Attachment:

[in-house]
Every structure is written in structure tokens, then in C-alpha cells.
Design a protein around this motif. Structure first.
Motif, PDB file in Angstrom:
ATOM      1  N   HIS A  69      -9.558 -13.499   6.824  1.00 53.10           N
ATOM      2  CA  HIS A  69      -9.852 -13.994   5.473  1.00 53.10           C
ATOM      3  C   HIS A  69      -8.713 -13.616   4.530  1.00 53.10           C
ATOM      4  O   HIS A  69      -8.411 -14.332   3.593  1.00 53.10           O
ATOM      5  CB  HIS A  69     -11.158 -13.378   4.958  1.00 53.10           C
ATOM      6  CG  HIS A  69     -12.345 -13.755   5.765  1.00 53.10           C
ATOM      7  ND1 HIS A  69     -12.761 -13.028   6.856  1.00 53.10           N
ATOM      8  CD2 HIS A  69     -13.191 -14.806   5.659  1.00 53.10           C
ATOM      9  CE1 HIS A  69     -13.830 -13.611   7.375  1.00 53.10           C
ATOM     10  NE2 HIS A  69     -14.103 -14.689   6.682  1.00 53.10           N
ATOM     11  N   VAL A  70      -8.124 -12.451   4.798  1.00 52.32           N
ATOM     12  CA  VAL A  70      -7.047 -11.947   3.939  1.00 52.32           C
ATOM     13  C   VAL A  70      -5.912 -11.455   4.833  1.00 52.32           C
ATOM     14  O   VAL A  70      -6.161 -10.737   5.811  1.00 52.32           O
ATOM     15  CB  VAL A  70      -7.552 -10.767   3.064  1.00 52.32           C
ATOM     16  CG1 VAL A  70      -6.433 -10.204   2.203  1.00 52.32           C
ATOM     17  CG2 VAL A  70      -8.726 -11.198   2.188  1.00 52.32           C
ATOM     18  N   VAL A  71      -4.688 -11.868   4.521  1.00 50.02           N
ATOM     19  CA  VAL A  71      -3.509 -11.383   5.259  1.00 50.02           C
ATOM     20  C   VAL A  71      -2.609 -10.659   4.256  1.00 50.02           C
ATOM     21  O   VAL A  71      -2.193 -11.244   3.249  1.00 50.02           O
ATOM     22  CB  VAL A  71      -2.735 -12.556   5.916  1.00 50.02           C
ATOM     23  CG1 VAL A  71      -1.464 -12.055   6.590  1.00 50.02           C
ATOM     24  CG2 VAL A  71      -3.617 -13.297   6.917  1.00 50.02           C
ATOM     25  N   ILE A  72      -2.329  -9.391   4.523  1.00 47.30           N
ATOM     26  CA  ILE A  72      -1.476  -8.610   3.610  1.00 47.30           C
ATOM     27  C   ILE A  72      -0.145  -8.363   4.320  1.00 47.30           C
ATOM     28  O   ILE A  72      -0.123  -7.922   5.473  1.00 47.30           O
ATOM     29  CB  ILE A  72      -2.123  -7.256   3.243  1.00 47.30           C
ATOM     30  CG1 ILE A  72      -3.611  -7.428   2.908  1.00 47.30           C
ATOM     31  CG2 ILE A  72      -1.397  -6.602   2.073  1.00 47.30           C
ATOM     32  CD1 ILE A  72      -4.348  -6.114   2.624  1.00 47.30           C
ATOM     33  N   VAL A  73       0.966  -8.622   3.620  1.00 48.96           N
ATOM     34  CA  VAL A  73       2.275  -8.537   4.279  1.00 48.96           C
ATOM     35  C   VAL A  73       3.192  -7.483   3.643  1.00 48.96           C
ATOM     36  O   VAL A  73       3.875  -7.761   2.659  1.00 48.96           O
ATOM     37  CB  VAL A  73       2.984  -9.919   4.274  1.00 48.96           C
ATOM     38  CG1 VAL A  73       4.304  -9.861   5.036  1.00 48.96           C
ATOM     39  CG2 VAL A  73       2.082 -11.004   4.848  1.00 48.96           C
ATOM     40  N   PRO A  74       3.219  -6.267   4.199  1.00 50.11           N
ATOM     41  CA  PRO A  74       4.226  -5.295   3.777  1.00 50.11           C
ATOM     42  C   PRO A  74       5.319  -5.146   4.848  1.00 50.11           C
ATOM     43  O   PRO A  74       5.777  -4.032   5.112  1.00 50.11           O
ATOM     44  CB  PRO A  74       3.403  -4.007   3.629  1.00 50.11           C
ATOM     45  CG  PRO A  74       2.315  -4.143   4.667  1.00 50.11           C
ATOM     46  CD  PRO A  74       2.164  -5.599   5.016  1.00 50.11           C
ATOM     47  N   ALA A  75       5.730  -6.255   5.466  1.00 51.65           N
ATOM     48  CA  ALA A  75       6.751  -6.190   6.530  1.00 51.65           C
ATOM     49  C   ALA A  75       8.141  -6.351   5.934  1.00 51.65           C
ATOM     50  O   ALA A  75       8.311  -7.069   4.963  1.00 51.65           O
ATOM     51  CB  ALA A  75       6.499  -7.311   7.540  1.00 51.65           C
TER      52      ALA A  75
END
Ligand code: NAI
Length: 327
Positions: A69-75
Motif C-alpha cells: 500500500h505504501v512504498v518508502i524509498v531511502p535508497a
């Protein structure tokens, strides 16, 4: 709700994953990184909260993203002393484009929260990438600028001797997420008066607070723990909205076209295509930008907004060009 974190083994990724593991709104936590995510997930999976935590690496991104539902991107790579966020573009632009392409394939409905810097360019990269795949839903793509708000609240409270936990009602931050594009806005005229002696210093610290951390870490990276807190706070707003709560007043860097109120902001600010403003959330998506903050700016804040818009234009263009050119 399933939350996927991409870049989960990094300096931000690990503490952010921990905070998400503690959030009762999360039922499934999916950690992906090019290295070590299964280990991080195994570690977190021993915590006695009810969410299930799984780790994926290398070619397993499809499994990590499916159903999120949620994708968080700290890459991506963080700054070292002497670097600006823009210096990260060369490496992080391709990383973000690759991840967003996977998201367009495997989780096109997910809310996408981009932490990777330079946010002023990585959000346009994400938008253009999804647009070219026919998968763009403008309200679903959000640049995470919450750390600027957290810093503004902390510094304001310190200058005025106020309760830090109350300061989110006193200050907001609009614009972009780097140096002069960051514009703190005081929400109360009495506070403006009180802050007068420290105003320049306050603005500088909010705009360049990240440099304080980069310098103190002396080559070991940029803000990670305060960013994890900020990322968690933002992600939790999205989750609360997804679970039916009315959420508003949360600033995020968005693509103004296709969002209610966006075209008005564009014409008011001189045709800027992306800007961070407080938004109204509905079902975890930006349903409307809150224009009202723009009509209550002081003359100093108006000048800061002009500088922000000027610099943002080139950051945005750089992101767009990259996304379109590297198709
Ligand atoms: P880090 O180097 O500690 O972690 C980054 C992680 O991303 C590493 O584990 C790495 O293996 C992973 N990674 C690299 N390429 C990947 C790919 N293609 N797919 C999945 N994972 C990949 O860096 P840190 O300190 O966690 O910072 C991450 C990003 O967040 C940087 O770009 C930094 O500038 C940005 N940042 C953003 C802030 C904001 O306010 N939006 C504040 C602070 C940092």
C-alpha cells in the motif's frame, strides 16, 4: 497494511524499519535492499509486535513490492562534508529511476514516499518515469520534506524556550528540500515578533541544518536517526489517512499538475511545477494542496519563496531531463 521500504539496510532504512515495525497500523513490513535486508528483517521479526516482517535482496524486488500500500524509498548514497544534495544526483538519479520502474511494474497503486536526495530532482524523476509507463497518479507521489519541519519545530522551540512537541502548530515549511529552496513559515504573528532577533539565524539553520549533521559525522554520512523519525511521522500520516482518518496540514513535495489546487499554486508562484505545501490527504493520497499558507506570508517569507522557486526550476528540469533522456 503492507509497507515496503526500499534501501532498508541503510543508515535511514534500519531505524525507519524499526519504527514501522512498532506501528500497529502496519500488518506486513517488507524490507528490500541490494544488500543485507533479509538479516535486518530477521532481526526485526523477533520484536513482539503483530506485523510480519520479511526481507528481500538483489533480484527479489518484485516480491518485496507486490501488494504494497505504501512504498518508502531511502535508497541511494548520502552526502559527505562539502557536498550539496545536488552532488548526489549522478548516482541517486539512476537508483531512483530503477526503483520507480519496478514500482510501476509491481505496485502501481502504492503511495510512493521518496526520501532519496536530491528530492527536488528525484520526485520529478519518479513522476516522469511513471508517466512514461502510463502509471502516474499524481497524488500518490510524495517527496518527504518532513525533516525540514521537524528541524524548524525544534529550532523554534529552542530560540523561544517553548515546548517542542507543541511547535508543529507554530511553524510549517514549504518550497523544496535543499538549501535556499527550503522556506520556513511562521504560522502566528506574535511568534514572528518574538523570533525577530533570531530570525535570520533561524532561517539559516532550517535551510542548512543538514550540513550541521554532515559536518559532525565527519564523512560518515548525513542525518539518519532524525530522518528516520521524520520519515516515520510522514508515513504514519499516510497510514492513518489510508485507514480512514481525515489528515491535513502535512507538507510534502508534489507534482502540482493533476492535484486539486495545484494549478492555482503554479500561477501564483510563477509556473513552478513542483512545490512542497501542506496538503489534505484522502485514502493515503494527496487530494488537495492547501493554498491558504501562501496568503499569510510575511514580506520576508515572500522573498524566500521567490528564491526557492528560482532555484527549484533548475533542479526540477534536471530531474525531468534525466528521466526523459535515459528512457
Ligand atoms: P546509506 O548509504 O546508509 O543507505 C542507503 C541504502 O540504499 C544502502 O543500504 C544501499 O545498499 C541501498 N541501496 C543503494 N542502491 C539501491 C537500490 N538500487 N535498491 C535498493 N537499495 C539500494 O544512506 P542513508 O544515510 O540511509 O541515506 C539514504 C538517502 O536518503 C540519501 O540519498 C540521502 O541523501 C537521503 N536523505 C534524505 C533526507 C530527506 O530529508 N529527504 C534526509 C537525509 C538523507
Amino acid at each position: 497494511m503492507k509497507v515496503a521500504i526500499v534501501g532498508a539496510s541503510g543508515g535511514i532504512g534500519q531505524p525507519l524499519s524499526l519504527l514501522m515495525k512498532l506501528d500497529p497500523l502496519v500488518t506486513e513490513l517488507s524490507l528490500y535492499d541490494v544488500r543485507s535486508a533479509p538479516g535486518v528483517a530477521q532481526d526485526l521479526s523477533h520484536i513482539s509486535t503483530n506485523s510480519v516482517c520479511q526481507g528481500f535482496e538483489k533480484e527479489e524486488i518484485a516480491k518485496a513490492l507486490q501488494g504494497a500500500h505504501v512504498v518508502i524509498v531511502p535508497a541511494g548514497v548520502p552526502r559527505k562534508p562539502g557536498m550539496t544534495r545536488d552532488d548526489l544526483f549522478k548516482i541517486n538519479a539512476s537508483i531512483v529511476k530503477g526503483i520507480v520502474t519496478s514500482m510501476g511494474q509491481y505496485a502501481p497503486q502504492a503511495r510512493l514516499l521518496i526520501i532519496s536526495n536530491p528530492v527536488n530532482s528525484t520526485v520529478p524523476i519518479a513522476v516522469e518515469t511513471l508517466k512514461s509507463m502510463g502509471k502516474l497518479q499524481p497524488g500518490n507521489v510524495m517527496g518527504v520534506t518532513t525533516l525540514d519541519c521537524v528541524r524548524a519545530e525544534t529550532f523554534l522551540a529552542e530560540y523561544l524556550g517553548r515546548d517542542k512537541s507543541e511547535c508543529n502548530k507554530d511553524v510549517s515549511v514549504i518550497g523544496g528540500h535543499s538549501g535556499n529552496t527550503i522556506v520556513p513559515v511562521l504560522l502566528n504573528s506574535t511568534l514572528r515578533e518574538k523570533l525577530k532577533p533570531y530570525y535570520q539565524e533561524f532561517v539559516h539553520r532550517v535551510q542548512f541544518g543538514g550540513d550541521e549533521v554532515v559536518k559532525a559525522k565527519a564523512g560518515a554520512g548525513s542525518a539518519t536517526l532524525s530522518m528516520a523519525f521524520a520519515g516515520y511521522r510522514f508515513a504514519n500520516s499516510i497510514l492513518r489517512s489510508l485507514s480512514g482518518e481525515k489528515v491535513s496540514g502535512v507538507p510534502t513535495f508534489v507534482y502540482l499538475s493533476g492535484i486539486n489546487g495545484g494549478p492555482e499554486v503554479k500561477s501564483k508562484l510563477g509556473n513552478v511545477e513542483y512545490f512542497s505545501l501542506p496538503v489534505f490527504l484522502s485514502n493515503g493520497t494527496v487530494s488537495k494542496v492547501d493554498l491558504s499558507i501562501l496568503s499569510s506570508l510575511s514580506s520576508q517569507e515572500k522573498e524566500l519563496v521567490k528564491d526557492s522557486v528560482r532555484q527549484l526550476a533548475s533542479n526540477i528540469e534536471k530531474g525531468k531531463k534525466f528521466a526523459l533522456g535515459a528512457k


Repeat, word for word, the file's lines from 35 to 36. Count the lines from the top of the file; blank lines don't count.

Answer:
ATOM     31  CG2 ILE A  72      -1.397  -6.602   2.073  1.00 47.30           C
ATOM     32  CD1 ILE A  72      -4.348  -6.114   2.624  1.00 47.30           C